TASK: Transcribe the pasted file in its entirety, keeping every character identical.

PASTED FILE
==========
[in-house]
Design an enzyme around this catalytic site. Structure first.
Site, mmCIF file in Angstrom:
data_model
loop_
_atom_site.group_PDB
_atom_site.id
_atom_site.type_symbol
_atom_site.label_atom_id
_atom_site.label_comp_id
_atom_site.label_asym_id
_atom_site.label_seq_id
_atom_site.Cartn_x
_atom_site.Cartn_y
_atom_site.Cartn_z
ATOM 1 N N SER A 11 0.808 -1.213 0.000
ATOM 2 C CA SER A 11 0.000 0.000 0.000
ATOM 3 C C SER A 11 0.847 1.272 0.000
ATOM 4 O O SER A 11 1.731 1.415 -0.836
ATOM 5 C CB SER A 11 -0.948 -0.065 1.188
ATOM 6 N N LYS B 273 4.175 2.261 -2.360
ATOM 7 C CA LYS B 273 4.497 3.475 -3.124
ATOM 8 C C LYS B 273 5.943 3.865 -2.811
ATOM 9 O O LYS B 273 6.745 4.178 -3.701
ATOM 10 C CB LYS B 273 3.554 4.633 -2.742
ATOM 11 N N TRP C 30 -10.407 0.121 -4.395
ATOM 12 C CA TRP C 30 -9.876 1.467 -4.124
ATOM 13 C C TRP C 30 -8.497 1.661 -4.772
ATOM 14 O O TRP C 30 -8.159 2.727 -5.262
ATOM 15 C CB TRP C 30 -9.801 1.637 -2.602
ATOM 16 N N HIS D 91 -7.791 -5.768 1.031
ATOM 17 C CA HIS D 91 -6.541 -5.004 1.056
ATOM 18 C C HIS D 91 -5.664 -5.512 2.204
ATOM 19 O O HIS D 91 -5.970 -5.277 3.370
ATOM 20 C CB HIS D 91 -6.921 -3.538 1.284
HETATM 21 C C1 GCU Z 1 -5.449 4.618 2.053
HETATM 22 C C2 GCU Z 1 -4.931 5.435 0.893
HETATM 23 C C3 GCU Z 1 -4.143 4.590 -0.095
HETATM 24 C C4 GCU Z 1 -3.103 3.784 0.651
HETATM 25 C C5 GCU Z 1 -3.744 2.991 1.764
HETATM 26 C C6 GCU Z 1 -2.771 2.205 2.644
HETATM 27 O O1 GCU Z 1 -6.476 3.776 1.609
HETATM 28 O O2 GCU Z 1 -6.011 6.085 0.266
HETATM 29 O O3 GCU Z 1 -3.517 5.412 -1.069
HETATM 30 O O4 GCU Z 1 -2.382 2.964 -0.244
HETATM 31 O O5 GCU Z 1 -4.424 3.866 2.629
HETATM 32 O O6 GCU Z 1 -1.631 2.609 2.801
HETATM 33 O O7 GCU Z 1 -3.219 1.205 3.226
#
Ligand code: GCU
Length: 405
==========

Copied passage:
[in-house]
Design an enzyme around this catalytic site. Structure first.
Site, mmCIF file in Angstrom:
data_model
loop_
_atom_site.group_PDB
_atom_site.id
_atom_site.type_symbol
_atom_site.label_atom_id
_atom_site.label_comp_id
_atom_site.label_asym_id
_atom_site.label_seq_id
_atom_site.Cartn_x
_atom_site.Cartn_y
_atom_site.Cartn_z
ATOM 1 N N SER A 11 0.808 -1.213 0.000
ATOM 2 C CA SER A 11 0.000 0.000 0.000
ATOM 3 C C SER A 11 0.847 1.272 0.000
ATOM 4 O O SER A 11 1.731 1.415 -0.836
ATOM 5 C CB SER A 11 -0.948 -0.065 1.188
ATOM 6 N N LYS B 273 4.175 2.261 -2.360
ATOM 7 C CA LYS B 273 4.497 3.475 -3.124
ATOM 8 C C LYS B 273 5.943 3.865 -2.811
ATOM 9 O O LYS B 273 6.745 4.178 -3.701
ATOM 10 C CB LYS B 273 3.554 4.633 -2.742
ATOM 11 N N TRP C 30 -10.407 0.121 -4.395
ATOM 12 C CA TRP C 30 -9.876 1.467 -4.124
ATOM 13 C C TRP C 30 -8.497 1.661 -4.772
ATOM 14 O O TRP C 30 -8.159 2.727 -5.262
ATOM 15 C CB TRP C 30 -9.801 1.637 -2.602
ATOM 16 N N HIS D 91 -7.791 -5.768 1.031
ATOM 17 C CA HIS D 91 -6.541 -5.004 1.056
ATOM 18 C C HIS D 91 -5.664 -5.512 2.204
ATOM 19 O O HIS D 91 -5.970 -5.277 3.370
ATOM 20 C CB HIS D 91 -6.921 -3.538 1.284
HETATM 21 C C1 GCU Z 1 -5.449 4.618 2.053
HETATM 22 C C2 GCU Z 1 -4.931 5.435 0.893
HETATM 23 C C3 GCU Z 1 -4.143 4.590 -0.095
HETATM 24 C C4 GCU Z 1 -3.103 3.784 0.651
HETATM 25 C C5 GCU Z 1 -3.744 2.991 1.764
HETATM 26 C C6 GCU Z 1 -2.771 2.205 2.644
HETATM 27 O O1 GCU Z 1 -6.476 3.776 1.609
HETATM 28 O O2 GCU Z 1 -6.011 6.085 0.266
HETATM 29 O O3 GCU Z 1 -3.517 5.412 -1.069
HETATM 30 O O4 GCU Z 1 -2.382 2.964 -0.244
HETATM 31 O O5 GCU Z 1 -4.424 3.866 2.629
HETATM 32 O O6 GCU Z 1 -1.631 2.609 2.801
HETATM 33 O O7 GCU Z 1 -3.219 1.205 3.226
#
Ligand code: GCU
Length: 405